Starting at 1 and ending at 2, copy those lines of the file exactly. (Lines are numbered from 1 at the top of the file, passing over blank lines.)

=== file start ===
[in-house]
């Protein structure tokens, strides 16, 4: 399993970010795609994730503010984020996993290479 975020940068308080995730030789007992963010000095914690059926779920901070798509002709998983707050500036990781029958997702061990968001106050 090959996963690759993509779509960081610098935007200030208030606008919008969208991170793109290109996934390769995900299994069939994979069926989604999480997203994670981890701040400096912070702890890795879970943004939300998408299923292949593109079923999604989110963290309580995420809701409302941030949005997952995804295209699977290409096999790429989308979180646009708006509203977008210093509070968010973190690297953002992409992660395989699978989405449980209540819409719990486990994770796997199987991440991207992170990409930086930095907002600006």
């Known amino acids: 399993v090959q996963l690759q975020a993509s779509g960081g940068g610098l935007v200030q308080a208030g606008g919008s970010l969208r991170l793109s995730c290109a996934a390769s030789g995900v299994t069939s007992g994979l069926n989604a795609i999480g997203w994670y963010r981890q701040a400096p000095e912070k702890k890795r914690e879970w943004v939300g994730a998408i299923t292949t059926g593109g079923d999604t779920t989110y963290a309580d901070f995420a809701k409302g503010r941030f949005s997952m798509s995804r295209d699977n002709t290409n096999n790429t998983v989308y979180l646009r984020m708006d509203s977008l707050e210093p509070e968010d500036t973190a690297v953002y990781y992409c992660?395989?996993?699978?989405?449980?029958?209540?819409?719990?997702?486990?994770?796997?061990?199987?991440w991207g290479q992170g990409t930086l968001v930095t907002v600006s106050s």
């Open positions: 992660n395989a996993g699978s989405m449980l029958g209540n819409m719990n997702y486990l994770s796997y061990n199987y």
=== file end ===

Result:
[in-house]
């Protein structure tokens, strides 16, 4: 399993970010795609994730503010984020996993290479 975020940068308080995730030789007992963010000095914690059926779920901070798509002709998983707050500036990781029958997702061990968001106050 090959996963690759993509779509960081610098935007200030208030606008919008969208991170793109290109996934390769995900299994069939994979069926989604999480997203994670981890701040400096912070702890890795879970943004939300998408299923292949593109079923999604989110963290309580995420809701409302941030949005997952995804295209699977290409096999790429989308979180646009708006509203977008210093509070968010973190690297953002992409992660395989699978989405449980209540819409719990486990994770796997199987991440991207992170990409930086930095907002600006």